Metro Detroit residents hoping to quickly bring family in Afghanistan to Michigan

Posted at 5:09 PM, Aug 29, 2021
and last updated 2021-08-30 19:27:39-04

(WXYZ) — As thousands of people remain stranded at the Kabul airport desperately seeking a flight out of what is now Taliban territory, some are hoping family in Michigan could be their ticket to safety.

The rush to leave Afghanistan only heightened following Thursday's suicide bombing at the Kabul airport. The Michigan Immigrant Rights Center says they're handling several cases in metro Detroit of permanent residents or U.S. citizens with family in Afghanistan trying as quickly as possible to get them here safely.

“There is something under immigration law known as parole,” said Ruby Robinson, attorney with the Michigan Immigrant Rights Center.

It's only temporary, not permanent legal status here, but once you're paroled into the U.S. you can apply for temporary work authorization. The process of applying for and being granted parole can take between five and 12 months, Robinson says. Time that especially right now seems like an eternity.

“It’s very scary for our client and their family members,” Robinson said. "The concerns that we’re hearing from our clients about, 'I don’t know what’s going to happen to my uncle, I don’t know what’s going to happen to my husband.'”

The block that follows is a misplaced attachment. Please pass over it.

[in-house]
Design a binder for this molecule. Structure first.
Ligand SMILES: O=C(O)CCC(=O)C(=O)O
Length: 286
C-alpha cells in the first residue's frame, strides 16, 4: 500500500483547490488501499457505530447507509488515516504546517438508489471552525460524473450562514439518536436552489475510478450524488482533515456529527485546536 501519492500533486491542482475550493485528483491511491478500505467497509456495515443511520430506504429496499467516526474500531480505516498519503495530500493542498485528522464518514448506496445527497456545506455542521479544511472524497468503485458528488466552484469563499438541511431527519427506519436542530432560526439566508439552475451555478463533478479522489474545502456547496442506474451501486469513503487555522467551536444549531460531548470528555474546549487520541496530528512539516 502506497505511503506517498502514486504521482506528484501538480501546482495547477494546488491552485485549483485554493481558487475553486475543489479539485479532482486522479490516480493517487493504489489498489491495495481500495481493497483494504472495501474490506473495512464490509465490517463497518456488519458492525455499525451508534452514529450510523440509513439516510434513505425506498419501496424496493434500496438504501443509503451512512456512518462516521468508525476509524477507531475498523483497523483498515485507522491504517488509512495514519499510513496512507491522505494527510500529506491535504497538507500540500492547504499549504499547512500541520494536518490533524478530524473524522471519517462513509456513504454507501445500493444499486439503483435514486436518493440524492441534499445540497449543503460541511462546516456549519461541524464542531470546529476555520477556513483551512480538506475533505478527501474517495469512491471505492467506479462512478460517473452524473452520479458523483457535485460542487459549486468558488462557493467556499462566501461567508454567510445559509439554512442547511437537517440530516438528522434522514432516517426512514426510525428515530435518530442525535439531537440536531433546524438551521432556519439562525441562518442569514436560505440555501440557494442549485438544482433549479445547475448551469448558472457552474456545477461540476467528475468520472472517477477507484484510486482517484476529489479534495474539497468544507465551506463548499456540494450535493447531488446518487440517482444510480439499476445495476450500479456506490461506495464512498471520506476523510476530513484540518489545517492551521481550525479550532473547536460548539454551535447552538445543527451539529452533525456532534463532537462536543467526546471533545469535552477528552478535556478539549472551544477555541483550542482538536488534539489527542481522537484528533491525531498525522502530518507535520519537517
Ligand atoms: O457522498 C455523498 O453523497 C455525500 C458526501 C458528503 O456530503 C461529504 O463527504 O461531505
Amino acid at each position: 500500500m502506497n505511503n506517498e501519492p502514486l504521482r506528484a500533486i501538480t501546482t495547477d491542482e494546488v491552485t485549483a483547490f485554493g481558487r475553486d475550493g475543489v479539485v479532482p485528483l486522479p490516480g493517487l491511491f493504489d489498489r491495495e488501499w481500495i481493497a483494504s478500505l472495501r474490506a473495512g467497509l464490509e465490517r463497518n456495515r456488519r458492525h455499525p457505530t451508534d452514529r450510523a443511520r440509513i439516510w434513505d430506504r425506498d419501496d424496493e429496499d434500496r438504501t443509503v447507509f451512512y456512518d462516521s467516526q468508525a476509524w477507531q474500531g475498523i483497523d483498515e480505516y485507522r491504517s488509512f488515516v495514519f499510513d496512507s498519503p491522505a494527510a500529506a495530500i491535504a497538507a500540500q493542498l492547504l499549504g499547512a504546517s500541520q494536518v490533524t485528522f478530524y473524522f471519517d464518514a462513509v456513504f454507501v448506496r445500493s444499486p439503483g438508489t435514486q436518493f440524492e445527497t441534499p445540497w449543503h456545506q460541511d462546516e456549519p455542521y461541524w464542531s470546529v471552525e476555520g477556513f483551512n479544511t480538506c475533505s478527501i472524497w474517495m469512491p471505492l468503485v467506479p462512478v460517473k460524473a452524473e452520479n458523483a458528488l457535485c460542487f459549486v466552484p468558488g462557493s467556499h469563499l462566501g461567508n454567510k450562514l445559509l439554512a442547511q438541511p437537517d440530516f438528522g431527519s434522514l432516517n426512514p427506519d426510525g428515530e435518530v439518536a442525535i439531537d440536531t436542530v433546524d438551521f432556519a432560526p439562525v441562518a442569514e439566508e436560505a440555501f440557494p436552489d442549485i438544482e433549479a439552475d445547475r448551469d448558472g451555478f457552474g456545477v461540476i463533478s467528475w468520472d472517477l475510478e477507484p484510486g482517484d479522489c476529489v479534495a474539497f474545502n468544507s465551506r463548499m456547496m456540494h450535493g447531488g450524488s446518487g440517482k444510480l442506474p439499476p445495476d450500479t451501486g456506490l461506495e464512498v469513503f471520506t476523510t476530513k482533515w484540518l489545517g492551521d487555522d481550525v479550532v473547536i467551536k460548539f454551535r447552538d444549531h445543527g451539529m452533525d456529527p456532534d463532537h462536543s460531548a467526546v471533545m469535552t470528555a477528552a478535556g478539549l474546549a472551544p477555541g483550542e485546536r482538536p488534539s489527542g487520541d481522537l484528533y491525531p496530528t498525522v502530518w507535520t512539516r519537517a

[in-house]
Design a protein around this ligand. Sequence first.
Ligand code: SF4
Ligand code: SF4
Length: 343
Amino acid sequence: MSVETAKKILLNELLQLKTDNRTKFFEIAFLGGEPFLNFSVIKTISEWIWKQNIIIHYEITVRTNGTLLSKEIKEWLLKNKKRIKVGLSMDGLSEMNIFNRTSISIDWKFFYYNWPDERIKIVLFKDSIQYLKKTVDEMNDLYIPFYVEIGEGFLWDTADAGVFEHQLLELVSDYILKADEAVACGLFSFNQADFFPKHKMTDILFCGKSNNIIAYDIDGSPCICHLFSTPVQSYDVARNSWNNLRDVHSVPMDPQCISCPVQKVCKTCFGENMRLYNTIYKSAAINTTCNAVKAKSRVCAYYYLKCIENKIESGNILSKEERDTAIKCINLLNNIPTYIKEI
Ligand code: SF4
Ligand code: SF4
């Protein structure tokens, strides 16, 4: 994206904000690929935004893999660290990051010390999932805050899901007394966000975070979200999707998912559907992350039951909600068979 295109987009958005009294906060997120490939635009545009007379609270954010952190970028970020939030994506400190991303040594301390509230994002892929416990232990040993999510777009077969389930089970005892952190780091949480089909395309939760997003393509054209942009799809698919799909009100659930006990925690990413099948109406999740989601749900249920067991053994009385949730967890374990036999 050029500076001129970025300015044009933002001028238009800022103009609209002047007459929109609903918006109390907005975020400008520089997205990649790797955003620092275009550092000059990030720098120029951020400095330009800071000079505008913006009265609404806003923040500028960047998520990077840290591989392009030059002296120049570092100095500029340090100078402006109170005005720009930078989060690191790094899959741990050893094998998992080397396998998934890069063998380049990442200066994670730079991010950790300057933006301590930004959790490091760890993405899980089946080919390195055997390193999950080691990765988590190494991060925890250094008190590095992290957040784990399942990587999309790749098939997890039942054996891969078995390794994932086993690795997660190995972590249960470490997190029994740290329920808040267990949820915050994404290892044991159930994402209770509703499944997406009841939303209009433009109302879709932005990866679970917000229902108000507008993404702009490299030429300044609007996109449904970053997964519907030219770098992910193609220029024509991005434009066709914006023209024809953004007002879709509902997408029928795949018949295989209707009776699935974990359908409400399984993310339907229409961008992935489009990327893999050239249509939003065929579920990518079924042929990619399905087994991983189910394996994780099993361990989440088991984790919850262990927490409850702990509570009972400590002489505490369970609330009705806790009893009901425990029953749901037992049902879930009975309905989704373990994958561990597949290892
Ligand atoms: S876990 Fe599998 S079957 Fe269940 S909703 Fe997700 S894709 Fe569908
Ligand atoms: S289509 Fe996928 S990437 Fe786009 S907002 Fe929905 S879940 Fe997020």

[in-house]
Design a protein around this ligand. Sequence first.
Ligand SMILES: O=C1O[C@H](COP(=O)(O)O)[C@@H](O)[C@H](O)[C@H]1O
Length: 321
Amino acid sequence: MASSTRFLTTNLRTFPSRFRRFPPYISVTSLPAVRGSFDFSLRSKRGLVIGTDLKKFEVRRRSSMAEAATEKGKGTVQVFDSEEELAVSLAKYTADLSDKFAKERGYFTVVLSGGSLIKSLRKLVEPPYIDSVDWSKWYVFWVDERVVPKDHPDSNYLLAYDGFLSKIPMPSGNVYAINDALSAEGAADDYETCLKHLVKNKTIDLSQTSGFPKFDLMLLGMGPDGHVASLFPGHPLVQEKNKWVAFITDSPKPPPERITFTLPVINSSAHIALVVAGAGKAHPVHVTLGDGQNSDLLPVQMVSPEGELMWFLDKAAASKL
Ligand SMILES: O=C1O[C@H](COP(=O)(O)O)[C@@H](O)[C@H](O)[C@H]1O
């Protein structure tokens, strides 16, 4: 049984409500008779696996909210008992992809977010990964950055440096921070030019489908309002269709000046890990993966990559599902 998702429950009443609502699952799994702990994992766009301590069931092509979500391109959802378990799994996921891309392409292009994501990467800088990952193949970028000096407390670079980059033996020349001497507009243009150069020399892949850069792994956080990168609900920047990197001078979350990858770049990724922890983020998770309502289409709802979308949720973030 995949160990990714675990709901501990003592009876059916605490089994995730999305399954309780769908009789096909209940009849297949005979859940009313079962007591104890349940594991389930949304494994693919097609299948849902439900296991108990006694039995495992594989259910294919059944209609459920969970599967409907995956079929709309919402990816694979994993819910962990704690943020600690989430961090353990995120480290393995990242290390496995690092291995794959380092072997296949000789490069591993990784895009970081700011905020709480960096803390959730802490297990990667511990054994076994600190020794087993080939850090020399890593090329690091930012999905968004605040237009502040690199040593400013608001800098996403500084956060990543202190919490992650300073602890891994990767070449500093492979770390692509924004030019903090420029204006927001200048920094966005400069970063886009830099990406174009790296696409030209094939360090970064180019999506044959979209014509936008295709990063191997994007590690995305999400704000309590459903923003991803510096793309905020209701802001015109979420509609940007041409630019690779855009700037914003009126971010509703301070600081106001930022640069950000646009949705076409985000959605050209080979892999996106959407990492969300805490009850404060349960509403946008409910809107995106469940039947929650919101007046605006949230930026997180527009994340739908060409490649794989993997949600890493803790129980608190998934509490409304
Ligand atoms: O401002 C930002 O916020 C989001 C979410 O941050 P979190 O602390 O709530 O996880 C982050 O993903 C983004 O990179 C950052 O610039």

Afghan nationals who helped the U.S. during the war could be eligible for a special immigrant visa and thousands of Afghans will seek refugee status here or elsewhere.

Robinson and his team, who work pro-bono for people who qualify under a certain income bracket, are helping a handful of local citizens right now using parole to try and bring spouses, siblings, or parents here to metro Detroit.

The hope, he says, is that it will be able to continue even after U.S. troops leave Tuesday, but that's not certain yet.

They're also working with some permanent residents to speed up the naturalization process because you have to be a citizen before you can petition to bring family here.

“The majority of the families we’re talking to, maybe it was in kind of the distant future that they would help a family member come to the United States if it was at all possible, but now that cycle is being expedited,” Robinson said.

Due in part to both COVID and policies that slowed or stopped some immigration processes under the Trump administration, Robinson says there is a decent backlog right now. Another concern once the U.S. does leave Afghanistan on Tuesday, is what impact, if any, will that have on people's ability to leave – all adding to this very difficult situation.